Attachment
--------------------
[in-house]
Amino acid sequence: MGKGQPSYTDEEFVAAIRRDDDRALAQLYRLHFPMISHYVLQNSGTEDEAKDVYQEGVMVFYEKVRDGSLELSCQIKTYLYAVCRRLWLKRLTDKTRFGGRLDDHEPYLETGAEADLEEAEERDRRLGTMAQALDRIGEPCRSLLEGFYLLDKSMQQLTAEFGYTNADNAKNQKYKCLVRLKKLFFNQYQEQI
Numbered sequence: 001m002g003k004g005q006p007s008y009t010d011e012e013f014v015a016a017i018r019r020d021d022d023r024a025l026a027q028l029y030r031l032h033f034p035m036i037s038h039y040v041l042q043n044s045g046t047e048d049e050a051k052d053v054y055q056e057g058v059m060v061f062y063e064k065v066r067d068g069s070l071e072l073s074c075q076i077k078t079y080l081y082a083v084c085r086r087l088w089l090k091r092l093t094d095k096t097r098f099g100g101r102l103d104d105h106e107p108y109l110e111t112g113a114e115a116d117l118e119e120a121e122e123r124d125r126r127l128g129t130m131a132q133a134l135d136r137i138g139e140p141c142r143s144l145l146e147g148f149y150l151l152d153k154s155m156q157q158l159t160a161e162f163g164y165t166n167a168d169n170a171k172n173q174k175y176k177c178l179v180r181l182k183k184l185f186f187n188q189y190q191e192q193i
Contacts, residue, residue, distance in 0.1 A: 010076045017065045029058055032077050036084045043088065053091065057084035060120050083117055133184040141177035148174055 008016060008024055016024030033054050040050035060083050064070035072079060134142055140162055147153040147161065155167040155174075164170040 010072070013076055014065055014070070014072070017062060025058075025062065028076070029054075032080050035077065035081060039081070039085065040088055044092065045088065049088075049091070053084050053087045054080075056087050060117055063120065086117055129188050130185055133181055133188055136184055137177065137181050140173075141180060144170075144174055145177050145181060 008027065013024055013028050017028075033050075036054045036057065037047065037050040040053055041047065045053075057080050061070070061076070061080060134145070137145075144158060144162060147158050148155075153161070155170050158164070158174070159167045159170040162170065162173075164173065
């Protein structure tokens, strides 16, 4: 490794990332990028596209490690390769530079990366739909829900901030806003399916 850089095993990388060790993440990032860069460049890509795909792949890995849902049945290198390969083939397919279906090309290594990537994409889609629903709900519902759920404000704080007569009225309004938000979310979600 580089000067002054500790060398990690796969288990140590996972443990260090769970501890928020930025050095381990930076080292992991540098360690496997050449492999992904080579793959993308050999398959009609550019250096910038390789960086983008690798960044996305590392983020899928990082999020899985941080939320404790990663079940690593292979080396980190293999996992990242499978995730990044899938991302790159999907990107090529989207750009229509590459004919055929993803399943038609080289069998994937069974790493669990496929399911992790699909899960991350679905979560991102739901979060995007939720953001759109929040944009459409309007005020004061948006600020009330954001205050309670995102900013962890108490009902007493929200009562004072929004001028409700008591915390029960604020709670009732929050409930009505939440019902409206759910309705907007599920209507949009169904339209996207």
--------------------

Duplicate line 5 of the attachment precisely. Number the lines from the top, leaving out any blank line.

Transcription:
């Protein structure tokens, strides 16, 4: 490794990332990028596209490690390769530079990366739909829900901030806003399916 850089095993990388060790993440990032860069460049890509795909792949890995849902049945290198390969083939397919279906090309290594990537994409889609629903709900519902759920404000704080007569009225309004938000979310979600 580089000067002054500790060398990690796969288990140590996972443990260090769970501890928020930025050095381990930076080292992991540098360690496997050449492999992904080579793959993308050999398959009609550019250096910038390789960086983008690798960044996305590392983020899928990082999020899985941080939320404790990663079940690593292979080396980190293999996992990242499978995730990044899938991302790159999907990107090529989207750009229509590459004919055929993803399943038609080289069998994937069974790493669990496929399911992790699909899960991350679905979560991102739901979060995007939720953001759109929040944009459409309007005020004061948006600020009330954001205050309670995102900013962890108490009902007493929200009562004072929004001028409700008591915390029960604020709670009732929050409930009505939440019902409206759910309705907007599920209507949009169904339209996207």